An example of using vehicles as a way to market public services: Park City Transit, Salt Lake City GreenBike
In the vein of my writings ("Part 7 | Using the Purple Line to rebrand Montgomery and Prince George's Counties as Design Forward" and "Orange County Registrar of Elections uses their vehicles to promote voting | branding") on the design method and design and marketing for local governments and transit, specifically concerning sustainable mobility...
I was briefly in Park City, Utah, known for skiing, other outdoor recreation activities, the 2002 Winter Olympics, and the annual Sundance Film Festival. (They're gearing up to bid for another Winter Olympics--"Winter Olympics: What if Park City's weather is as mild as 2018," Park Record.)
In transit terms, Park City is noteworthy as an example of a "resort area transit system" that is free to ride, because it is designed to encourage tourists to not drive as well as to assist residents and employees in getting around. The choice to offer free transit is a transportation demand management-based decision, along with air quality issues. (That said, plenty people there drive.)
It's also cool because it's the only ski resort town where the ski lift goes from the town center up one of the mountains, so it's highly visible. It made me think of the opportunity of the proposed gondola system in Georgetown. But unlike the transit system, it's not free.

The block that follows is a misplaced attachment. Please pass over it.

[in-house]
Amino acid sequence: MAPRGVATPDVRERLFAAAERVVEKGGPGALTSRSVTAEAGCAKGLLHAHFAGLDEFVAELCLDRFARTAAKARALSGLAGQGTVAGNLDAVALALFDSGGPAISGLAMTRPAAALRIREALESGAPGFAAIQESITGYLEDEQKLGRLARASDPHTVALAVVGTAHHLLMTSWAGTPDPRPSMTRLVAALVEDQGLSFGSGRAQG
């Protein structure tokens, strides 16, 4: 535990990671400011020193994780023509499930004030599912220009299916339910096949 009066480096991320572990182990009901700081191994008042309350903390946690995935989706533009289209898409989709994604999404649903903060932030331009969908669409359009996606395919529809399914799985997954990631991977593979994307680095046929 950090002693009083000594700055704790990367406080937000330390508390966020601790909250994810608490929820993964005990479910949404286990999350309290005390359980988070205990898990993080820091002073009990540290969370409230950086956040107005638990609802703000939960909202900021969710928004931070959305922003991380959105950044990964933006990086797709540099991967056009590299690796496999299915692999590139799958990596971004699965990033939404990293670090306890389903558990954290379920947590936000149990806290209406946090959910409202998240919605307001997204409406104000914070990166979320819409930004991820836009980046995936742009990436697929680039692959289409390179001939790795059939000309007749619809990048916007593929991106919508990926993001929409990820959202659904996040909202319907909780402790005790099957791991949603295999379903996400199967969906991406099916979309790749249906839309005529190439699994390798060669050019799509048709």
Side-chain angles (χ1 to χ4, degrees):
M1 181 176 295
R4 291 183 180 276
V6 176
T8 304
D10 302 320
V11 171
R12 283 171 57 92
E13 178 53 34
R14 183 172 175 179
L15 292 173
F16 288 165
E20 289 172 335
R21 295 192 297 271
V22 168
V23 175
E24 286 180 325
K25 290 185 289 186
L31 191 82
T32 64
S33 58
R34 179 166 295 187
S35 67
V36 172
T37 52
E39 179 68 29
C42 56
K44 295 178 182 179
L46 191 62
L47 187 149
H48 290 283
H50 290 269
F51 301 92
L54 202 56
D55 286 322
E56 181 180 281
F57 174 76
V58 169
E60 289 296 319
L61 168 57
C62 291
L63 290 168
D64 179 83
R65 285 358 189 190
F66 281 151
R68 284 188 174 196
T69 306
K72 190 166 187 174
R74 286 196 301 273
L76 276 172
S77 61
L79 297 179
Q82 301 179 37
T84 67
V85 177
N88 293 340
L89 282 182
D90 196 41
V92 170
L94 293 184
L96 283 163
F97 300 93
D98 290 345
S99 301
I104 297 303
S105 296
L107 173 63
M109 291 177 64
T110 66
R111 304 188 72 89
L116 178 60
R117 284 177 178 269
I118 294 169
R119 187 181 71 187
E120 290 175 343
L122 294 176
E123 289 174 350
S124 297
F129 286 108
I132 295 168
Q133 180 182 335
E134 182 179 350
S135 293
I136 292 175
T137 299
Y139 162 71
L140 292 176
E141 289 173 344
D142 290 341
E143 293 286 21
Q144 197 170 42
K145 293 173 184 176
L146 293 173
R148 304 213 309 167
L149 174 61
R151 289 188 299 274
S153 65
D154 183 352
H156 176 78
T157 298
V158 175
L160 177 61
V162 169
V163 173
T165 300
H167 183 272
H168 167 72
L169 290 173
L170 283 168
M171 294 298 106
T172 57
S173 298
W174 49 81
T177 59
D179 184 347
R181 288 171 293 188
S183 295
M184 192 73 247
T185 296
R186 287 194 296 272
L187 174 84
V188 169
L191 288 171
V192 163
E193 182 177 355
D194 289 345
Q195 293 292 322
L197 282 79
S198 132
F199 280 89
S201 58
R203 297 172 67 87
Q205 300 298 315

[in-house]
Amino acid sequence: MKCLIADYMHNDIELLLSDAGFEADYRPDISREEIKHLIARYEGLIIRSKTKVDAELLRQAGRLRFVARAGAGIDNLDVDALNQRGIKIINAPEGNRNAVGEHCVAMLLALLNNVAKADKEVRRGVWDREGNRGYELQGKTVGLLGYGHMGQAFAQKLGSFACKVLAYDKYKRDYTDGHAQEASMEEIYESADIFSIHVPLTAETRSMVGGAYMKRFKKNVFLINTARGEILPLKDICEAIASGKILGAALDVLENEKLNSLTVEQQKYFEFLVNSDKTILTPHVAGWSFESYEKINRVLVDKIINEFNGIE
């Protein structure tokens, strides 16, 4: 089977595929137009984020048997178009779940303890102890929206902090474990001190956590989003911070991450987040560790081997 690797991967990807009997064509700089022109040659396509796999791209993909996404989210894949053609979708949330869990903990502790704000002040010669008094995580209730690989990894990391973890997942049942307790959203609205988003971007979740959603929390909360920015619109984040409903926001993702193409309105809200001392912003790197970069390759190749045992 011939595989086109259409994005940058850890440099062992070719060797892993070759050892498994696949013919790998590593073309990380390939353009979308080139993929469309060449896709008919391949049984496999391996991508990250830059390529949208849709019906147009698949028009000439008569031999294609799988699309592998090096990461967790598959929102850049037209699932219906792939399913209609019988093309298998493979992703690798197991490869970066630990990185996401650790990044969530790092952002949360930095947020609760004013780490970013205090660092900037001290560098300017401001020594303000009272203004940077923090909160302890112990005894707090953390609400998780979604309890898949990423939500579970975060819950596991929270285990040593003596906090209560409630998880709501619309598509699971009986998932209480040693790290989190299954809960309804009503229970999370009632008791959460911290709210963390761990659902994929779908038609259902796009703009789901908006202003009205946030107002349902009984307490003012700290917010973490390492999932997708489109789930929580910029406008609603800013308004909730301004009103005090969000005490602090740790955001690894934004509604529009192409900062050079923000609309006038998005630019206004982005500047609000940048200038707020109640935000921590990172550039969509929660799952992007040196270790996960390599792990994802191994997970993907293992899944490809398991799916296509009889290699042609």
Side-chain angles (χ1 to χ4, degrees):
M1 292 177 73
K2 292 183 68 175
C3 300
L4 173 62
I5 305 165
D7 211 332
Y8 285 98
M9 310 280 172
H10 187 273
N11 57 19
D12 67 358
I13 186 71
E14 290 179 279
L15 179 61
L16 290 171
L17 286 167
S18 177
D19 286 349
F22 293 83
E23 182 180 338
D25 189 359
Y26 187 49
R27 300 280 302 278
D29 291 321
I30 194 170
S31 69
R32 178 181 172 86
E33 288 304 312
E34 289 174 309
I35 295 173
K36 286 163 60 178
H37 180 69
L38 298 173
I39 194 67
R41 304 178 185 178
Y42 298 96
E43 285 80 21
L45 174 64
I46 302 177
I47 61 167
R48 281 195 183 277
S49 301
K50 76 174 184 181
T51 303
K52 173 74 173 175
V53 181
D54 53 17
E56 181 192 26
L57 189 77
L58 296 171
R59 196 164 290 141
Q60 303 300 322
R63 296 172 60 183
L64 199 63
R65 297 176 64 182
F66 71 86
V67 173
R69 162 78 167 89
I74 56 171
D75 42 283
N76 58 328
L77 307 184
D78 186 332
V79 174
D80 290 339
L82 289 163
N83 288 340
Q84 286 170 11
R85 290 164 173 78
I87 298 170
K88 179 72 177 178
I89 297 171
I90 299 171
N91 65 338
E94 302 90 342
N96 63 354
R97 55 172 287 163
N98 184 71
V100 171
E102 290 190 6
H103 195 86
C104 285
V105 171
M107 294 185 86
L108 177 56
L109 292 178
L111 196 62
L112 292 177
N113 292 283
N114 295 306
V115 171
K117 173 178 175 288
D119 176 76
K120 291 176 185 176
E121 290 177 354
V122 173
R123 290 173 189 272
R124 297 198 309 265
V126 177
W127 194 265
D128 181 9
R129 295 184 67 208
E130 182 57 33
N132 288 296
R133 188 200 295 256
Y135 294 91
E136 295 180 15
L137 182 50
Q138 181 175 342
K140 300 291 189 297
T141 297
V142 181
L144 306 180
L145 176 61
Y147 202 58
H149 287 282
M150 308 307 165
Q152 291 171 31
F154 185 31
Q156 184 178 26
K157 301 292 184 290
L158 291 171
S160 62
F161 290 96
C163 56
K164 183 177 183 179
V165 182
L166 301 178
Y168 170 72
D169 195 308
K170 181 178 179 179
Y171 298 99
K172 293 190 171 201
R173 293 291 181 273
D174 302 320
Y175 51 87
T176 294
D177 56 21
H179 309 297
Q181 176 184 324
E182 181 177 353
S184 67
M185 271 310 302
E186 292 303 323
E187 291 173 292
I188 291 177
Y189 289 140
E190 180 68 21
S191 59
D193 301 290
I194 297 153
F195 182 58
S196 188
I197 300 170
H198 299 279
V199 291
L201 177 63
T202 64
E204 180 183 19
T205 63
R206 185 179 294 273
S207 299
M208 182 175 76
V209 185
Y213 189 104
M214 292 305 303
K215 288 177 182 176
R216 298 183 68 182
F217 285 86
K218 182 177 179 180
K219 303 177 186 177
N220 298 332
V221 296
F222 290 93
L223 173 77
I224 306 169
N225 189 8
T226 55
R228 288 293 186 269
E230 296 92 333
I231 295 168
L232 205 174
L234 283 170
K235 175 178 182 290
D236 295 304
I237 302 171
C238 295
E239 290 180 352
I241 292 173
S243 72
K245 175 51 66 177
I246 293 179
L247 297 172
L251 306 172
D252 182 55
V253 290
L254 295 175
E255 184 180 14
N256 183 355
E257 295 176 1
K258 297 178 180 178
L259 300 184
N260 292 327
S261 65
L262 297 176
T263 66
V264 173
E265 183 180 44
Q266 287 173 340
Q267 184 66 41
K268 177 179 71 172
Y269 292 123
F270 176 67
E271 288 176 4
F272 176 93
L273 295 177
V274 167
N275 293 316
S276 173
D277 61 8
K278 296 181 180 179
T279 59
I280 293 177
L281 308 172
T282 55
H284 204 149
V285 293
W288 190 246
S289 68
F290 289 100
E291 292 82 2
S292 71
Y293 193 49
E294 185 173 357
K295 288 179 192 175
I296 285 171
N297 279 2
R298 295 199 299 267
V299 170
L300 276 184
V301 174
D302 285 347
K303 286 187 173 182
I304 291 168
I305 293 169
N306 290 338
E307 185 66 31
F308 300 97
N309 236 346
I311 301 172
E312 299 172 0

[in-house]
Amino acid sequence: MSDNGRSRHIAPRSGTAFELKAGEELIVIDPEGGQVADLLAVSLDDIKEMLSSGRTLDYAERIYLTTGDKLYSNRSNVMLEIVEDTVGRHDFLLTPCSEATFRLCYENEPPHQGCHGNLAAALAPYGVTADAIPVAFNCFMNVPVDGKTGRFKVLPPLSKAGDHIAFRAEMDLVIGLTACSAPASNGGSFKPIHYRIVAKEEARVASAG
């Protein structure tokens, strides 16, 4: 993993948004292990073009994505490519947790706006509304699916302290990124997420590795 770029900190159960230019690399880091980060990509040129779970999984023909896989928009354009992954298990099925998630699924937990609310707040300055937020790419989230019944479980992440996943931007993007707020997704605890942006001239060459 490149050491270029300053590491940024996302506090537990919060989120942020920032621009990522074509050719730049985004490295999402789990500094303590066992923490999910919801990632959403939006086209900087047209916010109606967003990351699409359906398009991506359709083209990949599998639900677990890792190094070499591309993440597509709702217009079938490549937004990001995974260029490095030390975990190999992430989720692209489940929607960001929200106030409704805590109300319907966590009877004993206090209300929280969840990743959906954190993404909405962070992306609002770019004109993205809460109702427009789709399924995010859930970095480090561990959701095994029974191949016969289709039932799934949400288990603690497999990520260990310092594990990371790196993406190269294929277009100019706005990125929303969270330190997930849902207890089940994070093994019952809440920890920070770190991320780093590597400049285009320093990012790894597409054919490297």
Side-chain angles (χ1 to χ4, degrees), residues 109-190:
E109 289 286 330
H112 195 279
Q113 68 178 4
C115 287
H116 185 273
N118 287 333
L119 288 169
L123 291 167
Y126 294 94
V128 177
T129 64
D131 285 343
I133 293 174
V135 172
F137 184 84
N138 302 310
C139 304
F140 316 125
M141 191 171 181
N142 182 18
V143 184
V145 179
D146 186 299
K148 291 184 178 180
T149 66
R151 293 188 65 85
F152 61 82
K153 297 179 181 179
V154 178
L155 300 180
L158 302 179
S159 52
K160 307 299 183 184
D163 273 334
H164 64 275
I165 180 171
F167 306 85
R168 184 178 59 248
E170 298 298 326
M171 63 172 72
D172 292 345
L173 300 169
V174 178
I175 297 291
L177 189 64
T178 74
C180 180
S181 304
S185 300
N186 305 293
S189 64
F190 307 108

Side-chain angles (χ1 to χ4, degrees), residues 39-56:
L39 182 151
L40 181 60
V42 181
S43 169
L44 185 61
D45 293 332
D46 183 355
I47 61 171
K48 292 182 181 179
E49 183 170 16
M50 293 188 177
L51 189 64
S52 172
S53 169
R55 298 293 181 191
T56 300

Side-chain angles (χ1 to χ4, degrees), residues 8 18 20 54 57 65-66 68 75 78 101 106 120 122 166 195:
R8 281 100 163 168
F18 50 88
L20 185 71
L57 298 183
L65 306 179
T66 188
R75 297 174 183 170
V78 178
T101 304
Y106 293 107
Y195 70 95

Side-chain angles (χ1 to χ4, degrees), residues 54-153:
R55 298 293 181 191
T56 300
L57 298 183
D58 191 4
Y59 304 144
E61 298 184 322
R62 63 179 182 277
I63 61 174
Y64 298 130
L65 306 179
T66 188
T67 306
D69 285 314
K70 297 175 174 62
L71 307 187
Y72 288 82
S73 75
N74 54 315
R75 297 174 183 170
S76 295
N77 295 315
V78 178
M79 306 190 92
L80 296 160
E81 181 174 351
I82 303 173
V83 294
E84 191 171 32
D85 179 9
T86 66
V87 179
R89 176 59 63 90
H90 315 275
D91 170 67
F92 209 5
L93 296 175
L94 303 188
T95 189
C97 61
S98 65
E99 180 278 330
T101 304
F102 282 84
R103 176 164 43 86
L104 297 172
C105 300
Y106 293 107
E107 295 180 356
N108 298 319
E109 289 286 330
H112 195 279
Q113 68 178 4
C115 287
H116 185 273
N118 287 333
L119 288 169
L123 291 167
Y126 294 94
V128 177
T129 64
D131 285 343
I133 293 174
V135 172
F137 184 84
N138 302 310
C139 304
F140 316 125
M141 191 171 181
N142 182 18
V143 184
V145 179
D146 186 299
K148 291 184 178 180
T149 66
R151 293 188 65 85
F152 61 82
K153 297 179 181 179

Park City Transit has visually forward liveries for the buses, promoting the city's outdoor recreation assets. One of the graphics employed features cyclists, either road racing or riding, or mountain biking.
Similarly, while not nearly as aesthetically attractive, the bike share system in Salt Lake City at least promotes using the system, with a marketing message promoting bike share on the vans used in getting around to service the system.
By contrast, DC's Capital Bikeshare vans fail to use the opportunity they have to promote use of the system through attractive messaging.
By contrast, DC's Circulator buses do employ "ads" on the back, promoting transit and sustainable mobility. And one of these ads promotes bike share. In fact, the bike share vans could just use that as an ad on the van's sides, combined with a bit more text.
Capital Bike Share kiosk with an ad promoting the bike share program.
Labels: bicycle and pedestrian planning, branding-identity, civic engagement, government operations, participatory democracy and empowered participation, provision of public services, transit marketing